There’s no need to reach for the mouse to launch them, just press Windows+n, where ‘n’ is the number of the icon. 

Note: Ignore Cortana and Task View icons, Edge is usually number one (unless you’ve already removed it).

05. Toggle between programs using a keyboard shortcut.

If you have two, three or more programs running simultaneously, press Alt+Tab to switch to the last program used.

Hold down Alt and repeatedly press Tab to cycle through all running programs, then let go when the one you want is selected. This shortcut can also be used to close programs.

use shortcuts to toggle between the program

If several programs are running, hold down Alt and press Tab until the program you want is highlighted, then press Delete (while still holding down Alt) to close it.

Windows+Tab works in a similar way and it can be used with multiple desktops, too. Press Windows+Tab to display your desktops at the top of the screen, allowing you to create new virtual desktops (click the plus icon) and select them.

Don’t go through this screen to switch desktops, though – instead, press Ctrl+Windows+left/right arrow keys to switch to the previous or next desktop.

06. Capture your screen using a keyboard shortcut.

The Print Screen key, often abbreviated to Print Scrn or PrtScn, saves a screenshot to the clipboard. Windows+PrtScn saves it to Pictures\ Screenshots.

You can change this in Windows 10 by opening Settings and going to ‘Ease of Access’, then Keyboard.

Scroll down to the ‘Print Screen shortcut’ section and switch to opening the screen-snipping tool instead of saving the screen.

print screen shortcut settings

Press Windows+Shift+S to capture whole screens or to snip and save part of the screen.

A toolbar appears at the top of the screen with screen saving options. Let the mouse hover over each icon to see the description.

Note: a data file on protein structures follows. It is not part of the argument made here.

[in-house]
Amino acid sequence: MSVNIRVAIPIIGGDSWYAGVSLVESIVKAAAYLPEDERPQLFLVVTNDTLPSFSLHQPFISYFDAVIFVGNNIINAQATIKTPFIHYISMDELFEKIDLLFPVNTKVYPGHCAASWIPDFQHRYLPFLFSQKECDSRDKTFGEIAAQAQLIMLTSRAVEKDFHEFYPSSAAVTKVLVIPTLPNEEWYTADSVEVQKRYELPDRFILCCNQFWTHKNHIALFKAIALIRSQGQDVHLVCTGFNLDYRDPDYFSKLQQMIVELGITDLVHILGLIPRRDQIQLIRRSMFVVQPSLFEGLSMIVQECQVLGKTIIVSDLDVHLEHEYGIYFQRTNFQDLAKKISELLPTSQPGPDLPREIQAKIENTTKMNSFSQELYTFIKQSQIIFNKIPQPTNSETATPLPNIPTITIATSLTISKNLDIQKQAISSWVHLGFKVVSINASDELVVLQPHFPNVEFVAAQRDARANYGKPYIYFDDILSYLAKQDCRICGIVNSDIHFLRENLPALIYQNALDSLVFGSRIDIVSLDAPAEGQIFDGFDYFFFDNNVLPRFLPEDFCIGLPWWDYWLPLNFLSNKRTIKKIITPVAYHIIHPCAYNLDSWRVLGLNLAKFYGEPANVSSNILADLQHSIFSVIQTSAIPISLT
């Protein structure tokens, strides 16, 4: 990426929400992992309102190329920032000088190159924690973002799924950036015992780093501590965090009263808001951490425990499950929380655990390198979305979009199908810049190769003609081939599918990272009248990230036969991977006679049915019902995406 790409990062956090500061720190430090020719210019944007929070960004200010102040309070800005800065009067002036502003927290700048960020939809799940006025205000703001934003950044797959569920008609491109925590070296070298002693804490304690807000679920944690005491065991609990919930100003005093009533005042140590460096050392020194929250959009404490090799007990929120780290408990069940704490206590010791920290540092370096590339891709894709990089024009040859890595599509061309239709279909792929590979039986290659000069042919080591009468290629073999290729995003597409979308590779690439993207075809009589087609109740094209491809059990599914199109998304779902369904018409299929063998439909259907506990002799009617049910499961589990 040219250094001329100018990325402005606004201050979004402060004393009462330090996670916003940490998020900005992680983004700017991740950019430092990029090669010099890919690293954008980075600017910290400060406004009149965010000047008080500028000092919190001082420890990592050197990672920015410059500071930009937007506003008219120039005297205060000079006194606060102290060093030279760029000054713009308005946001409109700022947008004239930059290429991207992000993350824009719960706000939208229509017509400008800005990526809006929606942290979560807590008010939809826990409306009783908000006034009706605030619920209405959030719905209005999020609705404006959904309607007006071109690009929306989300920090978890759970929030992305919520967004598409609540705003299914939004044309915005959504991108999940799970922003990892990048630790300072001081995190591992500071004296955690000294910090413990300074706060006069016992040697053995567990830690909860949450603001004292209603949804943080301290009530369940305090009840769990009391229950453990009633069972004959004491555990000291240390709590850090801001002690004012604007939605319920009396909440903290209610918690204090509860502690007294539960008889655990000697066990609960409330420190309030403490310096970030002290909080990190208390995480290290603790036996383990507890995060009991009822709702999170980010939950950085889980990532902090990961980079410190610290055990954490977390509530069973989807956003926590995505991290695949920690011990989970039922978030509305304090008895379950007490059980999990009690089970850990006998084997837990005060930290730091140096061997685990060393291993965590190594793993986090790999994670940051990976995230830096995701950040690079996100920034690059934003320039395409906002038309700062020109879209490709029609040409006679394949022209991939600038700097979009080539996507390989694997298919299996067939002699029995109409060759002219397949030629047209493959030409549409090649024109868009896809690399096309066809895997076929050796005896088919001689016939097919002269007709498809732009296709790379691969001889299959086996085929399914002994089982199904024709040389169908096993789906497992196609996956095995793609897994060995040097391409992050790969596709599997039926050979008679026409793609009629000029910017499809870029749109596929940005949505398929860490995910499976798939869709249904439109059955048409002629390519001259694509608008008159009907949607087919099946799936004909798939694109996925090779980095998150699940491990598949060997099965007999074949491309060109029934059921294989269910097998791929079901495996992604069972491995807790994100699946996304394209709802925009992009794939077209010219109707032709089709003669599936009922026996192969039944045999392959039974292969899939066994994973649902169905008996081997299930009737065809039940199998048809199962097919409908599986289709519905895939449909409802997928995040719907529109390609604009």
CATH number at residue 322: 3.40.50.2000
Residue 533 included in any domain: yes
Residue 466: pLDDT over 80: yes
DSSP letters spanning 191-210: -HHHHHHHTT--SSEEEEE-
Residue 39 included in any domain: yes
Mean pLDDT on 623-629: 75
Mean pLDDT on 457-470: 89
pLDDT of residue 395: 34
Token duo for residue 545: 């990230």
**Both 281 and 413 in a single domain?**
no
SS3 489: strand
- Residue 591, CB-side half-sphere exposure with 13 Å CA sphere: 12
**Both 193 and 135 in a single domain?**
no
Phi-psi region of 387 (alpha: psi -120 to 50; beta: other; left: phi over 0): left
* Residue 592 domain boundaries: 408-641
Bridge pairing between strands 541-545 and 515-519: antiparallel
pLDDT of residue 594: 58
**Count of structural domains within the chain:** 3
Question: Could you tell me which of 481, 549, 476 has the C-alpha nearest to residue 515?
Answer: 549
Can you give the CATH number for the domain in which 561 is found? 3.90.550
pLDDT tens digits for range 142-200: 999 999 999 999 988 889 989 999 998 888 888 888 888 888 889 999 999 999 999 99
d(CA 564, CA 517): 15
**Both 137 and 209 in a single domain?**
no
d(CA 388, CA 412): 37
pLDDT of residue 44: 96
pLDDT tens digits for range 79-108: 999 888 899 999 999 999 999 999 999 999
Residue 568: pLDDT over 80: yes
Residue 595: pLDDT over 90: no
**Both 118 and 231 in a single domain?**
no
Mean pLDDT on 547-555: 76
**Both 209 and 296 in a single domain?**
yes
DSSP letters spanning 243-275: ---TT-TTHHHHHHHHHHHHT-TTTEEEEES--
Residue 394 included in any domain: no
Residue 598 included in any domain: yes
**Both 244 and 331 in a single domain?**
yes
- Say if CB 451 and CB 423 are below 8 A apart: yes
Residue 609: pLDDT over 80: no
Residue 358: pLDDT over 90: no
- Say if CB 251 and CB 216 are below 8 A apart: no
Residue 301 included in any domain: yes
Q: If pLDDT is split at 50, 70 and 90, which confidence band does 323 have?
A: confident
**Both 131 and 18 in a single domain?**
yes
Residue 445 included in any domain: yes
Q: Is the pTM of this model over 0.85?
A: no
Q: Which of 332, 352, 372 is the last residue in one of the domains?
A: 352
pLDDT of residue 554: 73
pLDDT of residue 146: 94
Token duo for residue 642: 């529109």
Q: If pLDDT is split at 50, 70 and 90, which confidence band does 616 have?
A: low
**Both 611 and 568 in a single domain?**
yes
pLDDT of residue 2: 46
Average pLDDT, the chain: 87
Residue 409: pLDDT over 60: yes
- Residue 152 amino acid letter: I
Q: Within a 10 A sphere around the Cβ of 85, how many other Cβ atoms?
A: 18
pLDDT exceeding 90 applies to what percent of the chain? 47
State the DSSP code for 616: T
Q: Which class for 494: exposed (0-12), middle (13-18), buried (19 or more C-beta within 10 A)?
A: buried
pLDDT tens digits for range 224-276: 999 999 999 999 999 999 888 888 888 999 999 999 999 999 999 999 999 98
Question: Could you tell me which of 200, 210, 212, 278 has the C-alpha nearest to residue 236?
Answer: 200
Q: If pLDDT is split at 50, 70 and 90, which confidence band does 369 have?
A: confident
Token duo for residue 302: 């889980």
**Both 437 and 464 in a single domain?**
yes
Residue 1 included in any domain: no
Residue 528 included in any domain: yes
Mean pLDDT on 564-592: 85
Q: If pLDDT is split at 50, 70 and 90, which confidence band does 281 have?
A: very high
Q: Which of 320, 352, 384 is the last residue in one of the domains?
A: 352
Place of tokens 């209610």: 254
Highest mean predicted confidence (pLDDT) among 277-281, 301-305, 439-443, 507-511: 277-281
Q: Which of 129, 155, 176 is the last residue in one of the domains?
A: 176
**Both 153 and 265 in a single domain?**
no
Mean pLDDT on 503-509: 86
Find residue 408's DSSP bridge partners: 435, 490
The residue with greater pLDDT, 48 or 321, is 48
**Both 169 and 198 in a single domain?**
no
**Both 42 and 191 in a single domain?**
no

07. Use shortcuts to start programs. 

Instead of hunting for programs in the Start menu or clicking around the icons on the taskbar, you could create your own keyboard shortcuts to run them.

create shortcuts for different programs

Right-click the desktop and select New, Shortcut, then click the Browse button and find a program on your hard drive, such as ‘notepad.exe’ in the C:\Windows folder.

Click Next and name it Notepad (or whatever it’s called).

Right-click your newly created desktop shortcut and select Properties, then open the Shortcut tab, click the ‘Shortcut key’ box and assign it a key combination, such as Shift+Alt+N.

You’ll have to use trial and error to find a key combination that isn’t already assigned elsewhere.

Click OK and you can now use this keyboard shortcut to launch the program, no matter what you’re doing or which program you’re using.

08. Control programs using keyboard shortcuts.

There are some useful commands that can be used in most programs, such as pressing the Tab key to move to the next option.

In programs and web pages, when filling in a form such as a login or registration, pressing Tab jumps to the next box, while Shift+Tab jumps to the previous box. This works with other controls and not just text boxes.

Open the Settings app in Windows 10 and pick a section. Press Tab and the currently selected item, indicated by a box around it, jumps to the next item. Open Explorer, click Home to open the home ribbon toolbar and tap Tab.

Each toolbar item highlights in turn. Pressing Enter is like clicking the selected item. Click a web page and you can often press Tab and Shift+Tab to jump from link to link. Pressing Enter is like clicking a link.

You can open the run box to start a program – it’s most often used with system tools. Press Windows+R to open the run box, then type regedit, cmd, services.msc, msconfig or diskmgmt.msc for example.